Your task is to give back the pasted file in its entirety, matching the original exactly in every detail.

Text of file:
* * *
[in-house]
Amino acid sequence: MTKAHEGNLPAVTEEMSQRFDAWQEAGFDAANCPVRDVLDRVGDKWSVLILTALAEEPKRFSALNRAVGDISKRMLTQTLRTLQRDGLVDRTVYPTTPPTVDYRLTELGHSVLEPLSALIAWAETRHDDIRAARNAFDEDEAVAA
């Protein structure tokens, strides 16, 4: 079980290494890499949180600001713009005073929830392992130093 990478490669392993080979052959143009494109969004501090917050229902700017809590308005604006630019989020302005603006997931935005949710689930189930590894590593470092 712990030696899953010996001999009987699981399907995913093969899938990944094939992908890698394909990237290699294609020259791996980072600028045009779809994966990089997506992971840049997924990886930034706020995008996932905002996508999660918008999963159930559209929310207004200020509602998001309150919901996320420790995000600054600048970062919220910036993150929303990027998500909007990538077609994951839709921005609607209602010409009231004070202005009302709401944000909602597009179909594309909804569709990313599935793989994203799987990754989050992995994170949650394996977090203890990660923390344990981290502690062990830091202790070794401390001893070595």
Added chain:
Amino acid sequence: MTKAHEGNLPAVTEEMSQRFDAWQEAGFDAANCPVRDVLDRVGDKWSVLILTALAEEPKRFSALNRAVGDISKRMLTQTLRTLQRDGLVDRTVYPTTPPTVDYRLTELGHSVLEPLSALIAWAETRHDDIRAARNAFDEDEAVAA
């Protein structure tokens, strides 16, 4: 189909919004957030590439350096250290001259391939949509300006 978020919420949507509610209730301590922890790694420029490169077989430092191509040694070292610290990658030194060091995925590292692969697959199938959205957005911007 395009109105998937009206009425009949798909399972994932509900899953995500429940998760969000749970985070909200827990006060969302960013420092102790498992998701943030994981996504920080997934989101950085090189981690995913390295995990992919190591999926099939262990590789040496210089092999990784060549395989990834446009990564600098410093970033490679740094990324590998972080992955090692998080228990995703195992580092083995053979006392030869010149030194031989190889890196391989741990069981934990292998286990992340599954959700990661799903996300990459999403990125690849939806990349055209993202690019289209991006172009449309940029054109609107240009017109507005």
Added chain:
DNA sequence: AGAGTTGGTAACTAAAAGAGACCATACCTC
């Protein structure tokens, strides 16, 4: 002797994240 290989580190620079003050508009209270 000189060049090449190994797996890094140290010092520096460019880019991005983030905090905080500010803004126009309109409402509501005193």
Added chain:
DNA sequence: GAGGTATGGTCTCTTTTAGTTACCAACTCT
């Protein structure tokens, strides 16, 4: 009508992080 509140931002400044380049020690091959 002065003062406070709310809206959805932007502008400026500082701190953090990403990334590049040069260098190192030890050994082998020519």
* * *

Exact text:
[in-house]
Amino acid sequence: MTKAHEGNLPAVTEEMSQRFDAWQEAGFDAANCPVRDVLDRVGDKWSVLILTALAEEPKRFSALNRAVGDISKRMLTQTLRTLQRDGLVDRTVYPTTPPTVDYRLTELGHSVLEPLSALIAWAETRHDDIRAARNAFDEDEAVAA
């Protein structure tokens, strides 16, 4: 079980290494890499949180600001713009005073929830392992130093 990478490669392993080979052959143009494109969004501090917050229902700017809590308005604006630019989020302005603006997931935005949710689930189930590894590593470092 712990030696899953010996001999009987699981399907995913093969899938990944094939992908890698394909990237290699294609020259791996980072600028045009779809994966990089997506992971840049997924990886930034706020995008996932905002996508999660918008999963159930559209929310207004200020509602998001309150919901996320420790995000600054600048970062919220910036993150929303990027998500909007990538077609994951839709921005609607209602010409009231004070202005009302709401944000909602597009179909594309909804569709990313599935793989994203799987990754989050992995994170949650394996977090203890990660923390344990981290502690062990830091202790070794401390001893070595």
Added chain:
Amino acid sequence: MTKAHEGNLPAVTEEMSQRFDAWQEAGFDAANCPVRDVLDRVGDKWSVLILTALAEEPKRFSALNRAVGDISKRMLTQTLRTLQRDGLVDRTVYPTTPPTVDYRLTELGHSVLEPLSALIAWAETRHDDIRAARNAFDEDEAVAA
């Protein structure tokens, strides 16, 4: 189909919004957030590439350096250290001259391939949509300006 978020919420949507509610209730301590922890790694420029490169077989430092191509040694070292610290990658030194060091995925590292692969697959199938959205957005911007 395009109105998937009206009425009949798909399972994932509900899953995500429940998760969000749970985070909200827990006060969302960013420092102790498992998701943030994981996504920080997934989101950085090189981690995913390295995990992919190591999926099939262990590789040496210089092999990784060549395989990834446009990564600098410093970033490679740094990324590998972080992955090692998080228990995703195992580092083995053979006392030869010149030194031989190889890196391989741990069981934990292998286990992340599954959700990661799903996300990459999403990125690849939806990349055209993202690019289209991006172009449309940029054109609107240009017109507005």
Added chain:
DNA sequence: AGAGTTGGTAACTAAAAGAGACCATACCTC
């Protein structure tokens, strides 16, 4: 002797994240 290989580190620079003050508009209270 000189060049090449190994797996890094140290010092520096460019880019991005983030905090905080500010803004126009309109409402509501005193």
Added chain:
DNA sequence: GAGGTATGGTCTCTTTTAGTTACCAACTCT
């Protein structure tokens, strides 16, 4: 009508992080 509140931002400044380049020690091959 002065003062406070709310809206959805932007502008400026500082701190953090990403990334590049040069260098190192030890050994082998020519």